Shadow boards 
Establish a shadow board development programme. Shadow boards meet in parallel to the full board, consider the same business and report their conclusions to the board they are shadowing for consideration and feedback. 

Development for the chairs of the future 
Develop current board members into future chairs, through shadowing or being mentored by an existing chair. Offer this to all interested board members or use it as an opportunity for positive action. For example, encourage board members who are female, minority ethnic, lesbian, gay or disabled - all of whom are underrepresented in chair roles - to take part in these activities. 

Recommended Actions – In summary Toggle accordion

Actions are spread across the short, medium and long term. 

Awareness and Attraction 

A1. the communication campaign 

A2. the hub website 

A3. publicity material and monitoring 

A4. research on board meeting arrangements and remuneration 

Confidence and Capacity 

C1. the centre of expertise 

C2. pilot of different application and selection methods 

C3. appointment-focused diversity training 

C4. the Code of Practice for Ministerial Appointments 

C5. promotion of the openness and fairness of Scotland’s public appointments process 

Education and Experience 

E1. the education programme 

E2. workshops for applicants 

E3. board training positions 

E4. opportunities for developing leadership potential 

Priority actions Toggle accordion

These are the priority actions for the first year of implementation and the parties responsible for delivering them: 

Awareness and Attraction

  • the communication campaign (Recommendation A1S) | Scottish Government OCPAS 
  • the hub website (A2S) | Scottish Government OCPAS 
  • publicity material and monitoring (A3S) | Scottish Government OCPAS 

Confidence and Capacity

  • the centre of expertise (C1S) | Scottish Government 
  • pilot of different application methods (C2S) | Scottish Government OCPAS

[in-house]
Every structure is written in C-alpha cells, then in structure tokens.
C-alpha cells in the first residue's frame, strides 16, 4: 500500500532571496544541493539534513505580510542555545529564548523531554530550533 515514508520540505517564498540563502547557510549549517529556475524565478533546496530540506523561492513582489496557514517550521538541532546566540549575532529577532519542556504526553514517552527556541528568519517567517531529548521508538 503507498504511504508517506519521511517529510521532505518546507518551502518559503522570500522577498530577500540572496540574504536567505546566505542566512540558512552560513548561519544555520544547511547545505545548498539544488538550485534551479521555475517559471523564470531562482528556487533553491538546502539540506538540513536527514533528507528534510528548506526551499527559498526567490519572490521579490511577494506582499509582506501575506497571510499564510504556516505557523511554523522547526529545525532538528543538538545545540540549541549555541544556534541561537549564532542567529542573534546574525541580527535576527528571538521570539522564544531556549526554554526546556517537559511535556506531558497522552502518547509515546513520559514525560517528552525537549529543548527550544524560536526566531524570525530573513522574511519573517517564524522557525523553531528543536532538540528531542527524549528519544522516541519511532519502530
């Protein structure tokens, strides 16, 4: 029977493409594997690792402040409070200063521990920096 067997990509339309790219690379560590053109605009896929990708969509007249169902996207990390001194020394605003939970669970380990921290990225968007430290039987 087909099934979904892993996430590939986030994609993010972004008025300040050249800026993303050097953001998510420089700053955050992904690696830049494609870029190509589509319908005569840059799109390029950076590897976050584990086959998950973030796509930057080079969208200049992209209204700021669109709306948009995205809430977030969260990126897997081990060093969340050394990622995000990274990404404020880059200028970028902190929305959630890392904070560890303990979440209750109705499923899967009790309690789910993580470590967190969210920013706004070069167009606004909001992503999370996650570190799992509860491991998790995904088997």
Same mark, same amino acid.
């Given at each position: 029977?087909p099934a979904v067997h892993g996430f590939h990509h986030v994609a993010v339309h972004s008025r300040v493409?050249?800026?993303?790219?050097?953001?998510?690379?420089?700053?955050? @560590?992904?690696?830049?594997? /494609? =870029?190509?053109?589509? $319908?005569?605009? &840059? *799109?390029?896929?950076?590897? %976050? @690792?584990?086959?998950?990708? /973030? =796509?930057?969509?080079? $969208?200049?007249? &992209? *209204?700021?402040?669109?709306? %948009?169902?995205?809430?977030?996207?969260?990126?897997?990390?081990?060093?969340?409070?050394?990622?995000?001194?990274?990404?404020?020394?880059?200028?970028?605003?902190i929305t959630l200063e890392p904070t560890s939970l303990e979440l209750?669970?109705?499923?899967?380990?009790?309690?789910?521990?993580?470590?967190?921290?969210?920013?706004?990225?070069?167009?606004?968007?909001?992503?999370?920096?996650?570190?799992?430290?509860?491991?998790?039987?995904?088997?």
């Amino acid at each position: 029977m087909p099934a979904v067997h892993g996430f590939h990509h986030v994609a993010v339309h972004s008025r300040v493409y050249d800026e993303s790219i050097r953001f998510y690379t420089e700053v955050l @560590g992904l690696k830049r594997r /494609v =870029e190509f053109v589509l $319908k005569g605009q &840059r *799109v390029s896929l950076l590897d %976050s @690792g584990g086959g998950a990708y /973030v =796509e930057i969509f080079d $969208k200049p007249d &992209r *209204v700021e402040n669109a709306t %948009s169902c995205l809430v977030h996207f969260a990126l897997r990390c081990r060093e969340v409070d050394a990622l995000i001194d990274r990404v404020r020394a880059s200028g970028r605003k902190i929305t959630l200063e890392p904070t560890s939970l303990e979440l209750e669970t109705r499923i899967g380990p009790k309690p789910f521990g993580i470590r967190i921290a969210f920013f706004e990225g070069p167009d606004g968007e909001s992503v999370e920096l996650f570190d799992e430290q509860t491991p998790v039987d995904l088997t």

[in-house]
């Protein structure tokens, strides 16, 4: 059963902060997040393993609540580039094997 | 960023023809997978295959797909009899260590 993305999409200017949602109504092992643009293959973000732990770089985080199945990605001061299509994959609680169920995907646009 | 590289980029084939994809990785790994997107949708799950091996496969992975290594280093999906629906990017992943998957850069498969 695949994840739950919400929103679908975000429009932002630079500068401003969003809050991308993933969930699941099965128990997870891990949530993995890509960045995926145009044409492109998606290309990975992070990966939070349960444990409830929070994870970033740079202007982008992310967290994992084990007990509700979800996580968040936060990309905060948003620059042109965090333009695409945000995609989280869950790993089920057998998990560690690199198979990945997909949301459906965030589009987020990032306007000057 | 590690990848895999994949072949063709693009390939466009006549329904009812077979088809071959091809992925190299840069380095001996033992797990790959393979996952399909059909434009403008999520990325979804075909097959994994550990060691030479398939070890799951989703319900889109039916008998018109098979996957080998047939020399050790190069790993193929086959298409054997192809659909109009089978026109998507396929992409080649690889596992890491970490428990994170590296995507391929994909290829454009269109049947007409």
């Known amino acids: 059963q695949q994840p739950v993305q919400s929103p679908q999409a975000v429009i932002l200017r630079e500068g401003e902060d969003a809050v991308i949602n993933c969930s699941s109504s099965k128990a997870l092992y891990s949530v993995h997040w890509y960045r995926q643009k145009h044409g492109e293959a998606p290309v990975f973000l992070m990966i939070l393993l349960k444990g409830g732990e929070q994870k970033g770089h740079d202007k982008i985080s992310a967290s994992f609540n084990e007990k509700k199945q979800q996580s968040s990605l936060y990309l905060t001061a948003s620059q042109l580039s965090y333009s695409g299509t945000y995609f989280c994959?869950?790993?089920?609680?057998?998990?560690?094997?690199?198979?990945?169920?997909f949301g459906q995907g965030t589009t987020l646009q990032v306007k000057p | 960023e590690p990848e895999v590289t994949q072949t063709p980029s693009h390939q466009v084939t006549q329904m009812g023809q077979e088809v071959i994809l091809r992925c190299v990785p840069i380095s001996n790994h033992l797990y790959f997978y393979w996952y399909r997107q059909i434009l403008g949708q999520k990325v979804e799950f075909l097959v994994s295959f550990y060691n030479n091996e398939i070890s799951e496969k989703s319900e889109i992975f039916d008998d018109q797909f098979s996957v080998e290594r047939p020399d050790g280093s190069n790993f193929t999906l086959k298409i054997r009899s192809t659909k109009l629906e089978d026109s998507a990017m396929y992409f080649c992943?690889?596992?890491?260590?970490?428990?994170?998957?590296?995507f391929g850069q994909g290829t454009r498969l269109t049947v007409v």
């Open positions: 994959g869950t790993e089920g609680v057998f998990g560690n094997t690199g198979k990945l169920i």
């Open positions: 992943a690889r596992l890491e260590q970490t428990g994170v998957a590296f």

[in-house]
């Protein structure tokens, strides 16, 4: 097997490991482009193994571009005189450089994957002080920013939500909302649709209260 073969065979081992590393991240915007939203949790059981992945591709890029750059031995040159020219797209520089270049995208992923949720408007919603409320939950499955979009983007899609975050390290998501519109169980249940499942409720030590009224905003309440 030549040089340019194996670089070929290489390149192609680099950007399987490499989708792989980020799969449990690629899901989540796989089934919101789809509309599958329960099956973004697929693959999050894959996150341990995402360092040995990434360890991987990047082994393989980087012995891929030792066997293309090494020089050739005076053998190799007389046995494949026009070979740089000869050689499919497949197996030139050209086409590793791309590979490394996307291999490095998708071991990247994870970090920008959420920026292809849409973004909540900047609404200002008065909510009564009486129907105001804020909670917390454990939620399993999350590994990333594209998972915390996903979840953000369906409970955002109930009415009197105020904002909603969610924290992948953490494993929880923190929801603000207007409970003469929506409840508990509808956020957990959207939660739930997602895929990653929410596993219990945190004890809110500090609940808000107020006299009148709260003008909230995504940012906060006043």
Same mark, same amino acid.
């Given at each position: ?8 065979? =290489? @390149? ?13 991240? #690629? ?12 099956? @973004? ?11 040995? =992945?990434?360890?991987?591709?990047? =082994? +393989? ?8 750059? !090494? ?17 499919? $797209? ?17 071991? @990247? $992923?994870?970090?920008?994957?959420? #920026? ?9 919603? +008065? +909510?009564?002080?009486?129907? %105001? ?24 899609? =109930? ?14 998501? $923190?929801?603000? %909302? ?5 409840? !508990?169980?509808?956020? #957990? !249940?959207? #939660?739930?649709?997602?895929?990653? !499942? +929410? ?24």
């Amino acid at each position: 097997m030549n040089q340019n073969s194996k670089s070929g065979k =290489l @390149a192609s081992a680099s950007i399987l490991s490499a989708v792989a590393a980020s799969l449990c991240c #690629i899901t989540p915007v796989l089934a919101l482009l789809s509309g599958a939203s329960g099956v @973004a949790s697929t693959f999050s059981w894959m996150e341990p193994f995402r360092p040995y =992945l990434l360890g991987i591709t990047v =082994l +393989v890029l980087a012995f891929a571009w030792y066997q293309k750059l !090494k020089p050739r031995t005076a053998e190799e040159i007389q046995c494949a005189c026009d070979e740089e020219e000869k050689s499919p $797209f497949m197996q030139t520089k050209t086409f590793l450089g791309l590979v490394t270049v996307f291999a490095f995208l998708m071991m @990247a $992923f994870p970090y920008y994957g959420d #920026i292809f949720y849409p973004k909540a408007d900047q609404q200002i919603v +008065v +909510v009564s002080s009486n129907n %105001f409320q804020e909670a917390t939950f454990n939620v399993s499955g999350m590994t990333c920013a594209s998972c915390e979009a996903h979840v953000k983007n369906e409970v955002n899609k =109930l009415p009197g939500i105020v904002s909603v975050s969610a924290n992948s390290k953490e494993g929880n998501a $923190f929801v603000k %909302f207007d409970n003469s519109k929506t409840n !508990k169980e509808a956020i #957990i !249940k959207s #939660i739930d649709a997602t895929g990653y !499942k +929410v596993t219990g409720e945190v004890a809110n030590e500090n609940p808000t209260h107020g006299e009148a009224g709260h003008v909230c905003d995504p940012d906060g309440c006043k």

• appointment-focused diversity training (C3S) | Scottish Government OCPAS 

Education and Experience

  • the education programme (E1S) | Scottish Government OCPAS 
  • workshops for applicants (E2S) | Scottish Government OCPAS 
  • pilot of board training positions (E3S) | Scottish Government OCPAS 

Part Two - Implementation

Section One – The public appointments process

The Commissioner’s role Toggle accordion

  1. The role of Commissioner for Public Appointments was created in 1995 to provide external, independent scrutiny of the way appointments are made by Ministers to the boards of public bodies. The role was created on the recommendation of the UK Committee on Standards in Public Life (the Nolan Committee), in response to concerns about various areas of public and political life. 
  2. After devolution, an Act of the Scottish Parliament established a separate office of Commissioner for Public Appointments in Scotland. In June 2004, on the recommendation of the Scottish Parliament, Karen Carlton was the first person appointed to the post. 
  3. The Commissioner’s role is to make sure that appointments by the Scottish Ministers to the boards of regulated Non-Departmental Public Bodies (NDPBs) are made fairly and openly and are based on the merit of the candidates. These public bodies range from high-profile executive bodies such as NHS 24 and VisitScotland to smaller advisory bodies such as the Historic Environment Advisory Council for Scotland. A very broad range of organisations of varying size and responsibilities falls under the title NDPB, but not all of them come within the Commissioner’s remit. She can only regulate appointments to NDPBs that Scottish Ministers have designated as regulated bodies. 
  4. One of the Commissioner’s statutory duties is to prepare and publish a Code of Practice for public appointments (the Code). The Code is based on a set of guiding principles, including Equality, Respect and Merit. OCPAS Assessors work with the Commissioner to help implement the Code -an Assessor sits on the selection panel in every appointment round to make sure the Code is followed. 
  5. Another of the Commissioner’s statutory duties is to prepare and publish a strategy to ensure that public appointments are made in a way that encourages equal opportunities. The strategy must also make sure any legal requirements relating to equal opportunities (as described in the Scotland Act 1998) are met. In addition, the Commissioner has an overarching duty to carry out her functions so that ‘all categories of person are afforded an opportunity to be considered for appointment’. This means that valuing diversity and ensuring equality are threads that must run through every part of the Commissioner’s work and every stage of the appointment process. 

The Scottish Government’s role Toggle accordion

  1. The Scottish Government manages and administers every appointment round; essentially, it is the Scottish Government’s process. While the Code stipulates what it must do to ensure a fair and open appointment process, it is for the Scottish Government to decide how this will be achieved in practice.